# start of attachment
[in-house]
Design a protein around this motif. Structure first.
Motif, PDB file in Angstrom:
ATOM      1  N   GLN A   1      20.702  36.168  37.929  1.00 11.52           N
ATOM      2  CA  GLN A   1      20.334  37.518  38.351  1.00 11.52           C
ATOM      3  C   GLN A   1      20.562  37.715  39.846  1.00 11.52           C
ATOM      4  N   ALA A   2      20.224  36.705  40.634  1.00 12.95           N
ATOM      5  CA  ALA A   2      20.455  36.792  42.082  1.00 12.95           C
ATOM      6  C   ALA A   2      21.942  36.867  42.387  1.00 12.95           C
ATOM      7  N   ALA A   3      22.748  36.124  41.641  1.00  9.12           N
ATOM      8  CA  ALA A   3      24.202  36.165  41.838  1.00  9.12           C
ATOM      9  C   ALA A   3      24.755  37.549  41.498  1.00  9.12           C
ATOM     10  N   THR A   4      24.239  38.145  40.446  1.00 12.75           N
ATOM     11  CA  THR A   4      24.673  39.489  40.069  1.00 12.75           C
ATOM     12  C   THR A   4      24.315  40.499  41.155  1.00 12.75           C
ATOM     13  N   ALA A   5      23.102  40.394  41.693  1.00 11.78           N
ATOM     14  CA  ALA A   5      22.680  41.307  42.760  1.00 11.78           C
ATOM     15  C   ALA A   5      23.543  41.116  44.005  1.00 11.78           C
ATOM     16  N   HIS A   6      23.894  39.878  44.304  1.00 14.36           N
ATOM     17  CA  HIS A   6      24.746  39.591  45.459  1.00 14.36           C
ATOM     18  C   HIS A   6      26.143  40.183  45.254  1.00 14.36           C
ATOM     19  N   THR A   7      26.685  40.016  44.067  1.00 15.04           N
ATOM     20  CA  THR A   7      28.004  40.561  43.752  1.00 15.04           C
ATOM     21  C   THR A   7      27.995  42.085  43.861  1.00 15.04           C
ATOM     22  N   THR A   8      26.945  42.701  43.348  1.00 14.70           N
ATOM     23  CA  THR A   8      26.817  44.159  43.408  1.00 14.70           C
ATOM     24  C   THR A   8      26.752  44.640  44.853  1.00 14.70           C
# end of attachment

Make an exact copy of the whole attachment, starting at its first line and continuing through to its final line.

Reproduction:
[in-house]
Design a protein around this motif. Structure first.
Motif, PDB file in Angstrom:
ATOM      1  N   GLN A   1      20.702  36.168  37.929  1.00 11.52           N
ATOM      2  CA  GLN A   1      20.334  37.518  38.351  1.00 11.52           C
ATOM      3  C   GLN A   1      20.562  37.715  39.846  1.00 11.52           C
ATOM      4  N   ALA A   2      20.224  36.705  40.634  1.00 12.95           N
ATOM      5  CA  ALA A   2      20.455  36.792  42.082  1.00 12.95           C
ATOM      6  C   ALA A   2      21.942  36.867  42.387  1.00 12.95           C
ATOM      7  N   ALA A   3      22.748  36.124  41.641  1.00  9.12           N
ATOM      8  CA  ALA A   3      24.202  36.165  41.838  1.00  9.12           C
ATOM      9  C   ALA A   3      24.755  37.549  41.498  1.00  9.12           C
ATOM     10  N   THR A   4      24.239  38.145  40.446  1.00 12.75           N
ATOM     11  CA  THR A   4      24.673  39.489  40.069  1.00 12.75           C
ATOM     12  C   THR A   4      24.315  40.499  41.155  1.00 12.75           C
ATOM     13  N   ALA A   5      23.102  40.394  41.693  1.00 11.78           N
ATOM     14  CA  ALA A   5      22.680  41.307  42.760  1.00 11.78           C
ATOM     15  C   ALA A   5      23.543  41.116  44.005  1.00 11.78           C
ATOM     16  N   HIS A   6      23.894  39.878  44.304  1.00 14.36           N
ATOM     17  CA  HIS A   6      24.746  39.591  45.459  1.00 14.36           C
ATOM     18  C   HIS A   6      26.143  40.183  45.254  1.00 14.36           C
ATOM     19  N   THR A   7      26.685  40.016  44.067  1.00 15.04           N
ATOM     20  CA  THR A   7      28.004  40.561  43.752  1.00 15.04           C
ATOM     21  C   THR A   7      27.995  42.085  43.861  1.00 15.04           C
ATOM     22  N   THR A   8      26.945  42.701  43.348  1.00 14.70           N
ATOM     23  CA  THR A   8      26.817  44.159  43.408  1.00 14.70           C
ATOM     24  C   THR A   8      26.752  44.640  44.853  1.00 14.70           C